There is a fine line between gooey and runny.
"I've battled with it for 15 years," says Laini Fondiller, standing on the picturesque hillside of Lazy Lady Farm, the "off-the-grid" goat cheese farm she's owned for three decades on Vermont's northern edge. "But I've finally perfected it this year."
When it comes to her La Petite Tomme, I agree. This bloomy round, aged for a couple weeks beneath 16-feet of earth in a little cave carved into a wooded hillside, is a dreamy disc of goat cheese that hits that perfect gooey middle. Cut it open, and the pale paste bulges out, elastic with lusciousness. But it doesn't run into a liquid mess, due to intricate subtleties of temperature control and pH. ("I add 10 different cultures to this one!") The only "lazy ladies" at this farm, says Fondiller, preparing to rise at 4 a.m. the next day, are standing in the fields: "the goats."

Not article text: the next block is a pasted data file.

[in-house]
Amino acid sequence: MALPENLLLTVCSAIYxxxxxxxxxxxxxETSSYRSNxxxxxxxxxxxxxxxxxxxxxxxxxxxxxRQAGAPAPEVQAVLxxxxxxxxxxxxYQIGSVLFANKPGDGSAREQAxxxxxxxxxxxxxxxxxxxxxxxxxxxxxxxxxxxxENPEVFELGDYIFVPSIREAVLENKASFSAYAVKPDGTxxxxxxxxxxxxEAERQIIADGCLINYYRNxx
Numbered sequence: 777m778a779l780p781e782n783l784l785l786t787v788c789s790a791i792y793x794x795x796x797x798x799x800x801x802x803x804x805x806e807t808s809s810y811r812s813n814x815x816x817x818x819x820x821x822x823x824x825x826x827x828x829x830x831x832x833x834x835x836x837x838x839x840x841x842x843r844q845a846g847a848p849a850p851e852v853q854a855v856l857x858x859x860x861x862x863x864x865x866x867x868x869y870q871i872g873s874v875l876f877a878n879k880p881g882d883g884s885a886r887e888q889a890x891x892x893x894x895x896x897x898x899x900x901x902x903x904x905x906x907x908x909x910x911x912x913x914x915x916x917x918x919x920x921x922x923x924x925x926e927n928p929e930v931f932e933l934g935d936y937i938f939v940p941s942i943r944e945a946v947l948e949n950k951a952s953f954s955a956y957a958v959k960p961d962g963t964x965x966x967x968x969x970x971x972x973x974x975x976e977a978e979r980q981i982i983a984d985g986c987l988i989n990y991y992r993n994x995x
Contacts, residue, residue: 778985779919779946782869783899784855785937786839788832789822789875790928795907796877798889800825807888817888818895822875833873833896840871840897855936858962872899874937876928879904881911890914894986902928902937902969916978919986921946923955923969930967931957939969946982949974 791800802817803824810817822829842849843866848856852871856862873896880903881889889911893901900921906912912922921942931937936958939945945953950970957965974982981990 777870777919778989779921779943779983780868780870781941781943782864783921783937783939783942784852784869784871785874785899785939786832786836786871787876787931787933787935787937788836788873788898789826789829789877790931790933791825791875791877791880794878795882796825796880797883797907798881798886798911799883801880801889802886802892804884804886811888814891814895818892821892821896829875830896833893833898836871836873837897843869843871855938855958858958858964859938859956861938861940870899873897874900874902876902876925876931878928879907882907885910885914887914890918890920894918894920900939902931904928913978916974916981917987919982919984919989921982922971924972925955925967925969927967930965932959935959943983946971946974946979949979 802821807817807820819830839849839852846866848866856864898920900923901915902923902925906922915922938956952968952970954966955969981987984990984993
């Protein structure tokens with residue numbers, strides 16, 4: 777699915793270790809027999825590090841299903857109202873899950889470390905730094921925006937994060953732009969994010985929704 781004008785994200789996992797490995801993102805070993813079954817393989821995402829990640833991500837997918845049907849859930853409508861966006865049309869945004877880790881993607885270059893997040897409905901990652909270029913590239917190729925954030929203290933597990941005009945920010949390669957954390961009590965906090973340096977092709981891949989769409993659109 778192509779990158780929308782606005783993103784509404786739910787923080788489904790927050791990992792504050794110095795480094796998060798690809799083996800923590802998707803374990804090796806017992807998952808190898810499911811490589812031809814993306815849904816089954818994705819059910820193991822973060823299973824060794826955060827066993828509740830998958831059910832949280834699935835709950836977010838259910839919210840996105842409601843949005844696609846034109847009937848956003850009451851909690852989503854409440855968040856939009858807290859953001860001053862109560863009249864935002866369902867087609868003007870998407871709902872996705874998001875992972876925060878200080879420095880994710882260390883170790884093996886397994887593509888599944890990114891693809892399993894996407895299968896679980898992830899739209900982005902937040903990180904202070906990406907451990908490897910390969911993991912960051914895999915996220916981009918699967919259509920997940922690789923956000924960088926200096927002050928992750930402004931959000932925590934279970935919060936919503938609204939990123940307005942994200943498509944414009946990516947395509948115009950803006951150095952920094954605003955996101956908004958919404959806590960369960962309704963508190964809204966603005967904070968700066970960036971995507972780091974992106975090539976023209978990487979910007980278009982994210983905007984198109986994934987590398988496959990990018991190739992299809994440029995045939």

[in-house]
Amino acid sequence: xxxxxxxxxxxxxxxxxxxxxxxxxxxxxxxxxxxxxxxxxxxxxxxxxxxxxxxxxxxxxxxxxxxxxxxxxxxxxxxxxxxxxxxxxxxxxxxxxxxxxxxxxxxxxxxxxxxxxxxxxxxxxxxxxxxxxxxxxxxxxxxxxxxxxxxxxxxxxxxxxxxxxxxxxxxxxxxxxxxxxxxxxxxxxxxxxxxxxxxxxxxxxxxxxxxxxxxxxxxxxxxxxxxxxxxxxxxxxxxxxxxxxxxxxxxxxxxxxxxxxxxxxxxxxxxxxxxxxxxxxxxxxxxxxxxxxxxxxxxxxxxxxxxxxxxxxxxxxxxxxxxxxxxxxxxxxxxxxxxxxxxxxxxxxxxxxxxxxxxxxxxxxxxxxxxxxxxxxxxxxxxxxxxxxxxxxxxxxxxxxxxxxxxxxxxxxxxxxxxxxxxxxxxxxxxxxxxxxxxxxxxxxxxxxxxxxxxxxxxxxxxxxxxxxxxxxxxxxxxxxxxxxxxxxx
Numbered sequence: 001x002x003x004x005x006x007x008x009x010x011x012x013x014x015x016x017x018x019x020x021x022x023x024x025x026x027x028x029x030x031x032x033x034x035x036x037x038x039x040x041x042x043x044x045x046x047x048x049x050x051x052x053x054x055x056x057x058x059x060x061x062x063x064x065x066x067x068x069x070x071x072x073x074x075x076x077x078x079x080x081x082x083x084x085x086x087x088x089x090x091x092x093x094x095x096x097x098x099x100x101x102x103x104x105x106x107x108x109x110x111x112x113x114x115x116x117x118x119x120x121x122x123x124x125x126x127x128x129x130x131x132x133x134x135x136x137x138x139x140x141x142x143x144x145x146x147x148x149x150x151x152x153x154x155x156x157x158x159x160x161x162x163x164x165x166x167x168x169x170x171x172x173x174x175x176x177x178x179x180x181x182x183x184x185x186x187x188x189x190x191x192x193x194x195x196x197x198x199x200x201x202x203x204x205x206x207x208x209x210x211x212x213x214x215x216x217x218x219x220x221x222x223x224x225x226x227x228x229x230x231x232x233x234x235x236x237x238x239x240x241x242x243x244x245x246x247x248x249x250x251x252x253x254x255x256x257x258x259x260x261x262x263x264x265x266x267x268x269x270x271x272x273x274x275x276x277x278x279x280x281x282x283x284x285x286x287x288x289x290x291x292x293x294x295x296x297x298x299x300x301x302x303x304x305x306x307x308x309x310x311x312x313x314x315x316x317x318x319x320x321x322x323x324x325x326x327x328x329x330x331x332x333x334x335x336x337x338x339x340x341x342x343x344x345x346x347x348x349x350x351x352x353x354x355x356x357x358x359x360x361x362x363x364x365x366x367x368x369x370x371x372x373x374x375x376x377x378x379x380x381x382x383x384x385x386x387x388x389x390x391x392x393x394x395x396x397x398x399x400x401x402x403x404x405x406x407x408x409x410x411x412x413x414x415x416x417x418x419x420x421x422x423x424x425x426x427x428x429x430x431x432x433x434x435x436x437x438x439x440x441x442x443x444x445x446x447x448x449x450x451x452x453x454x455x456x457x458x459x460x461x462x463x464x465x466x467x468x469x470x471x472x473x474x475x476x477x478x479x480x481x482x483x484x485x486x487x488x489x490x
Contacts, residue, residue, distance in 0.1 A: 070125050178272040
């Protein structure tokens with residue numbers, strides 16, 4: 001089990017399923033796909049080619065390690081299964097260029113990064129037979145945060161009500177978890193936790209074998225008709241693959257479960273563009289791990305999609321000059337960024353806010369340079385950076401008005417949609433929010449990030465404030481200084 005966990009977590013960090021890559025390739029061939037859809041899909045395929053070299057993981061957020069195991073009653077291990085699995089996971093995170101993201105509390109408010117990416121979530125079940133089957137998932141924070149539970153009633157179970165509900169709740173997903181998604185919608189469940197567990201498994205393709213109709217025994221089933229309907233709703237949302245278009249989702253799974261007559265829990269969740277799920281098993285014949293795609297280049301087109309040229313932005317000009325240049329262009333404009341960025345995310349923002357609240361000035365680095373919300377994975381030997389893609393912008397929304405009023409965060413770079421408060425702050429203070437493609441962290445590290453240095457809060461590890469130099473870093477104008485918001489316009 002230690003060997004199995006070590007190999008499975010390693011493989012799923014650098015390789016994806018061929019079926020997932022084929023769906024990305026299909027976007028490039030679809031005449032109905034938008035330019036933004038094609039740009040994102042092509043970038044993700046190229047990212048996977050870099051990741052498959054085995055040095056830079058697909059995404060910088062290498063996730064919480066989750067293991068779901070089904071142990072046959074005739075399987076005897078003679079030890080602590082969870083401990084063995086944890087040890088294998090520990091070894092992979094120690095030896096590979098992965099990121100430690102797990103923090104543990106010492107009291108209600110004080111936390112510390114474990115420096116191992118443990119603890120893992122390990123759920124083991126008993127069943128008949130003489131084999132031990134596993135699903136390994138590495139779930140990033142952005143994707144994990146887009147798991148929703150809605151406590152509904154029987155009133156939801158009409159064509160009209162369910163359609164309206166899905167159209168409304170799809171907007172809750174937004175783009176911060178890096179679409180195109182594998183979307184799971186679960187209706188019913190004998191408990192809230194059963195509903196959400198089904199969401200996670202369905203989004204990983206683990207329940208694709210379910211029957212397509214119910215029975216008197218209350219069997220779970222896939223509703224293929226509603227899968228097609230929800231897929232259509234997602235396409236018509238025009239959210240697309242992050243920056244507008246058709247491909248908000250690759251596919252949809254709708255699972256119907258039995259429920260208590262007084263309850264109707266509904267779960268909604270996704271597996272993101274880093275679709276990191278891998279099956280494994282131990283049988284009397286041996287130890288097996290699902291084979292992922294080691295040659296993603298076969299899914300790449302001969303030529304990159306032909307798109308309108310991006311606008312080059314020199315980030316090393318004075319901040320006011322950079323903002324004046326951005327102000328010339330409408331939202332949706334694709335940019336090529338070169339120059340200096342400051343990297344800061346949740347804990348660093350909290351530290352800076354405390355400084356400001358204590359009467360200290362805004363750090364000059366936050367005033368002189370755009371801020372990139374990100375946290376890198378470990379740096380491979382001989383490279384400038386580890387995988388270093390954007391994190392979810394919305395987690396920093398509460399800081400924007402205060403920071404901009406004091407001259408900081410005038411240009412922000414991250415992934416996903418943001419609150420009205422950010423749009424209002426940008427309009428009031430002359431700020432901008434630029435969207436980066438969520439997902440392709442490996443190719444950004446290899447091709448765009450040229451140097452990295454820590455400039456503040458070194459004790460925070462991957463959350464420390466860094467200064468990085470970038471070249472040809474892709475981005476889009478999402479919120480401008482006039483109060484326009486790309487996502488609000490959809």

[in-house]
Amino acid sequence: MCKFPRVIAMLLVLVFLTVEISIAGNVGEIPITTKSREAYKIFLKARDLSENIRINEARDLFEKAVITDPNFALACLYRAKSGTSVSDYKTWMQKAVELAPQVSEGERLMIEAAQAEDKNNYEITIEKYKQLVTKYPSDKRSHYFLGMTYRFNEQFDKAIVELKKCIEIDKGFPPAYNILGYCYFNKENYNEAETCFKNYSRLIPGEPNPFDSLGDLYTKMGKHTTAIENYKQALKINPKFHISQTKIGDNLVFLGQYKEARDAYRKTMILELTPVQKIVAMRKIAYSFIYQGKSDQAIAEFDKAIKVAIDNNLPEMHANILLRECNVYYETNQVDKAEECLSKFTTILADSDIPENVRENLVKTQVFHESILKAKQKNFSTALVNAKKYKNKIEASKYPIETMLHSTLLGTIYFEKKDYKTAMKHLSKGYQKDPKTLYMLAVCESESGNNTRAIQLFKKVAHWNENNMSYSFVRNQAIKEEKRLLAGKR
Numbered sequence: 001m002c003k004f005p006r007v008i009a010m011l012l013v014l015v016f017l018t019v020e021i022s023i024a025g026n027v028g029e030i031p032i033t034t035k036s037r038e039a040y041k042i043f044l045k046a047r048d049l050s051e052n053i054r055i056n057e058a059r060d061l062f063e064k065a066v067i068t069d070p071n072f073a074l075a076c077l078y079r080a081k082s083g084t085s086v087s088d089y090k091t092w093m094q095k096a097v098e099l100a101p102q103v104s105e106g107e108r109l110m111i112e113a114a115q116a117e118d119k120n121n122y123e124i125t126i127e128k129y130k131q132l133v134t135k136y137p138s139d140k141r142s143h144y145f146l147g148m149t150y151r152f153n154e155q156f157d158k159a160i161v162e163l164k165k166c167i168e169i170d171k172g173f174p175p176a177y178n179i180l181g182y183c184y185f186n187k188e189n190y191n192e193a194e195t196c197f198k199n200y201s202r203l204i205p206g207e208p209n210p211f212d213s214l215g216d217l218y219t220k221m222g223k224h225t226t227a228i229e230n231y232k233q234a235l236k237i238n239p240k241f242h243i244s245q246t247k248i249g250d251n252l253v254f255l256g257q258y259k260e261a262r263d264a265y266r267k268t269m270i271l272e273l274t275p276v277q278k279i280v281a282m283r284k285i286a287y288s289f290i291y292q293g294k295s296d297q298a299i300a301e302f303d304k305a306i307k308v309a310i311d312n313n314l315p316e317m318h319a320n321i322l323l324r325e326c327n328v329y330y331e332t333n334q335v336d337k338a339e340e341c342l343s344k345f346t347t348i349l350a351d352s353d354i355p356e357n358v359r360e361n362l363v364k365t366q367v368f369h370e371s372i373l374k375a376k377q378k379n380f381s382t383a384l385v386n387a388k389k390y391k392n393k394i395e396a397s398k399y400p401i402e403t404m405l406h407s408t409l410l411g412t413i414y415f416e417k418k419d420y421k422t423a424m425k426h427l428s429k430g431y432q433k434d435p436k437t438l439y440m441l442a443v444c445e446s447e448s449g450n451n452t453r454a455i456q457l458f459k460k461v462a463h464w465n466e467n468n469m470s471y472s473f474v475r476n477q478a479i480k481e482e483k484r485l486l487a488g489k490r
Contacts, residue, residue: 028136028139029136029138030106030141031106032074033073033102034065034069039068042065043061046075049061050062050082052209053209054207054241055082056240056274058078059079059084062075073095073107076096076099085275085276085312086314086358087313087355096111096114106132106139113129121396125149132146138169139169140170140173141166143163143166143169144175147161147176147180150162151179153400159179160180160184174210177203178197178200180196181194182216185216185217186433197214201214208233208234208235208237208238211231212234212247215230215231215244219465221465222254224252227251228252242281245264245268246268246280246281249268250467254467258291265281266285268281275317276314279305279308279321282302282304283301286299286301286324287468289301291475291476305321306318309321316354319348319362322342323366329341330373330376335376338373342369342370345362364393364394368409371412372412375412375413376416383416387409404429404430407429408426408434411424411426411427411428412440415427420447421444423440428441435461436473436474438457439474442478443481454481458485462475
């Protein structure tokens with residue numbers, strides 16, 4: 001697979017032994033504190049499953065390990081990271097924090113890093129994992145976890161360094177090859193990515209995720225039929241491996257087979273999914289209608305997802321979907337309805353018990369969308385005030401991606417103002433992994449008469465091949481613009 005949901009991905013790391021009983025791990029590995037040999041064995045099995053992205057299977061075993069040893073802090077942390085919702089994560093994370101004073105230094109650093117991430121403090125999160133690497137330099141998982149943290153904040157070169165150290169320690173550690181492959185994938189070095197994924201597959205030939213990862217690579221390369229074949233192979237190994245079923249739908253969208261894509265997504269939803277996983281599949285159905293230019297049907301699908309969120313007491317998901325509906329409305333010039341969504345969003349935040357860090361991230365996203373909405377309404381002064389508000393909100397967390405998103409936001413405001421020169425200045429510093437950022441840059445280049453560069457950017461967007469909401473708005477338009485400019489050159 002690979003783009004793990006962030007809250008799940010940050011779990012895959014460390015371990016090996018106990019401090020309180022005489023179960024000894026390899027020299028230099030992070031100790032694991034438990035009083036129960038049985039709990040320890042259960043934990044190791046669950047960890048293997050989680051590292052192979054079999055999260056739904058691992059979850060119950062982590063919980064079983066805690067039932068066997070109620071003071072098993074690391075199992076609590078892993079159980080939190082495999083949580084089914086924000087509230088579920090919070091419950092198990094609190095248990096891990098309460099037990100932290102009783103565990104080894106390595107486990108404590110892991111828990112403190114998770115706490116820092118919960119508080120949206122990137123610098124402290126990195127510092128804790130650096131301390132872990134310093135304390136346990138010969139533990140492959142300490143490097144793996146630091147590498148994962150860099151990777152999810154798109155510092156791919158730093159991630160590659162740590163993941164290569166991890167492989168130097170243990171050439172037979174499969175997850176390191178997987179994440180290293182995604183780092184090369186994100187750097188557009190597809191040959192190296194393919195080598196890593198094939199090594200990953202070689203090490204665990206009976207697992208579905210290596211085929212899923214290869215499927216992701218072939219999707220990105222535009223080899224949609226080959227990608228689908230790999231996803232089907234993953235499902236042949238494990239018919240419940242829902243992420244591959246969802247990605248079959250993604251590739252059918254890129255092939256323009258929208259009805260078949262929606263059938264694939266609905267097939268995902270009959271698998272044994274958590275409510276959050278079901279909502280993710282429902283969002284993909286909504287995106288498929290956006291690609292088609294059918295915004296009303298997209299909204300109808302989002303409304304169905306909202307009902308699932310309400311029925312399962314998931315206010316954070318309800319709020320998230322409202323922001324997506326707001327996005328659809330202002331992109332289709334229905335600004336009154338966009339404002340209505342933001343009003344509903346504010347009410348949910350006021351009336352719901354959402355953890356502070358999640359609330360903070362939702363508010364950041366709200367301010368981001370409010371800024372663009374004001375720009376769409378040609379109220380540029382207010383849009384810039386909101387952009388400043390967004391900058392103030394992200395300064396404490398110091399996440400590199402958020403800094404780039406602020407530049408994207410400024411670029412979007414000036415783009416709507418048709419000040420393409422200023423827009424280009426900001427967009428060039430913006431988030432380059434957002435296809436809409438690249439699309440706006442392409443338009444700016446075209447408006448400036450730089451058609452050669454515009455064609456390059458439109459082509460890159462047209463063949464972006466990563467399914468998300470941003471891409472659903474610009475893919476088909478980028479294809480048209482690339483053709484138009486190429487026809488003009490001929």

La Petite Tomme from Lazy Lady Farms, from $9-$12 a round at Di Bruno Bros. (all locations except Comcast Center).